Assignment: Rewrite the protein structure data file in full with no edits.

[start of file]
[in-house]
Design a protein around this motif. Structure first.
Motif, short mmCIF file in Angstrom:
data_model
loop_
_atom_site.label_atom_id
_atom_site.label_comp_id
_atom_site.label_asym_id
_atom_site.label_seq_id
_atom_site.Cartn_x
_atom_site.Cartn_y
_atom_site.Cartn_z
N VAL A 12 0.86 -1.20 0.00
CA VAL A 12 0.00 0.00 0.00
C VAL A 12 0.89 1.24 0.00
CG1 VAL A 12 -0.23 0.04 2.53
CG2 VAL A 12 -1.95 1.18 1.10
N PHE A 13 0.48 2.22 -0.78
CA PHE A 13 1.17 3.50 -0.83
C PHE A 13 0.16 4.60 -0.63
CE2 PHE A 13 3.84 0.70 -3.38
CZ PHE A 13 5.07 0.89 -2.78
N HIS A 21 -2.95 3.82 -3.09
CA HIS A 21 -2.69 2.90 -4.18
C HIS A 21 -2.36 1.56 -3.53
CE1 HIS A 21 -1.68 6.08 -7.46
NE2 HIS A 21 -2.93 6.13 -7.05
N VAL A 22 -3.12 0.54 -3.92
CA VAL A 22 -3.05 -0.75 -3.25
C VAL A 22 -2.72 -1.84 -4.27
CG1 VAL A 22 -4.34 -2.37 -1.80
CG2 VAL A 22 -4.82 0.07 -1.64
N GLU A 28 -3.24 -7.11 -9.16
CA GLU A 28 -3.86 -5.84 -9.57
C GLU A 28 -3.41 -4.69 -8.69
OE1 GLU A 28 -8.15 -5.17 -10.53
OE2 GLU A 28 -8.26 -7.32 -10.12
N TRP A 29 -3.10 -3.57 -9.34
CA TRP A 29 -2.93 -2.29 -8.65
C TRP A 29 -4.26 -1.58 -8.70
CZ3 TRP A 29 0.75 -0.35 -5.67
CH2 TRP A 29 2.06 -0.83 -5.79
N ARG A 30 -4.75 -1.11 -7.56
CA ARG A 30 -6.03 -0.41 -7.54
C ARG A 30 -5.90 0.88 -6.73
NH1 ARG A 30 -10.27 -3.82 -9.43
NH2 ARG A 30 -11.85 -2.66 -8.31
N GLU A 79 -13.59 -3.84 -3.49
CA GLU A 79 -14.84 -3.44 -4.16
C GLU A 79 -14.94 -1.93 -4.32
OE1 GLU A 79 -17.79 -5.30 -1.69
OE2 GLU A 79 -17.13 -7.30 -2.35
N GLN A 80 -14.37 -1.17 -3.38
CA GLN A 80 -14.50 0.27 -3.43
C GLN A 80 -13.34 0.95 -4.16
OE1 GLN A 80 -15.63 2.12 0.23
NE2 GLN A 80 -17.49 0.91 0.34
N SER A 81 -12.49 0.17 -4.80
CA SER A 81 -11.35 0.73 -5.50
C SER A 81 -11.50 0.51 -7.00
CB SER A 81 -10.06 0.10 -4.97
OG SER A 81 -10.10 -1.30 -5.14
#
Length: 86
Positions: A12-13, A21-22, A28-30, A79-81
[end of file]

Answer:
[in-house]
Design a protein around this motif. Structure first.
Motif, short mmCIF file in Angstrom:
data_model
loop_
_atom_site.label_atom_id
_atom_site.label_comp_id
_atom_site.label_asym_id
_atom_site.label_seq_id
_atom_site.Cartn_x
_atom_site.Cartn_y
_atom_site.Cartn_z
N VAL A 12 0.86 -1.20 0.00
CA VAL A 12 0.00 0.00 0.00
C VAL A 12 0.89 1.24 0.00
CG1 VAL A 12 -0.23 0.04 2.53
CG2 VAL A 12 -1.95 1.18 1.10
N PHE A 13 0.48 2.22 -0.78
CA PHE A 13 1.17 3.50 -0.83
C PHE A 13 0.16 4.60 -0.63
CE2 PHE A 13 3.84 0.70 -3.38
CZ PHE A 13 5.07 0.89 -2.78
N HIS A 21 -2.95 3.82 -3.09
CA HIS A 21 -2.69 2.90 -4.18
C HIS A 21 -2.36 1.56 -3.53
CE1 HIS A 21 -1.68 6.08 -7.46
NE2 HIS A 21 -2.93 6.13 -7.05
N VAL A 22 -3.12 0.54 -3.92
CA VAL A 22 -3.05 -0.75 -3.25
C VAL A 22 -2.72 -1.84 -4.27
CG1 VAL A 22 -4.34 -2.37 -1.80
CG2 VAL A 22 -4.82 0.07 -1.64
N GLU A 28 -3.24 -7.11 -9.16
CA GLU A 28 -3.86 -5.84 -9.57
C GLU A 28 -3.41 -4.69 -8.69
OE1 GLU A 28 -8.15 -5.17 -10.53
OE2 GLU A 28 -8.26 -7.32 -10.12
N TRP A 29 -3.10 -3.57 -9.34
CA TRP A 29 -2.93 -2.29 -8.65
C TRP A 29 -4.26 -1.58 -8.70
CZ3 TRP A 29 0.75 -0.35 -5.67
CH2 TRP A 29 2.06 -0.83 -5.79
N ARG A 30 -4.75 -1.11 -7.56
CA ARG A 30 -6.03 -0.41 -7.54
C ARG A 30 -5.90 0.88 -6.73
NH1 ARG A 30 -10.27 -3.82 -9.43
NH2 ARG A 30 -11.85 -2.66 -8.31
N GLU A 79 -13.59 -3.84 -3.49
CA GLU A 79 -14.84 -3.44 -4.16
C GLU A 79 -14.94 -1.93 -4.32
OE1 GLU A 79 -17.79 -5.30 -1.69
OE2 GLU A 79 -17.13 -7.30 -2.35
N GLN A 80 -14.37 -1.17 -3.38
CA GLN A 80 -14.50 0.27 -3.43
C GLN A 80 -13.34 0.95 -4.16
OE1 GLN A 80 -15.63 2.12 0.23
NE2 GLN A 80 -17.49 0.91 0.34
N SER A 81 -12.49 0.17 -4.80
CA SER A 81 -11.35 0.73 -5.50
C SER A 81 -11.50 0.51 -7.00
CB SER A 81 -10.06 0.10 -4.97
OG SER A 81 -10.10 -1.30 -5.14
#
Length: 86
Positions: A12-13, A21-22, A28-30, A79-81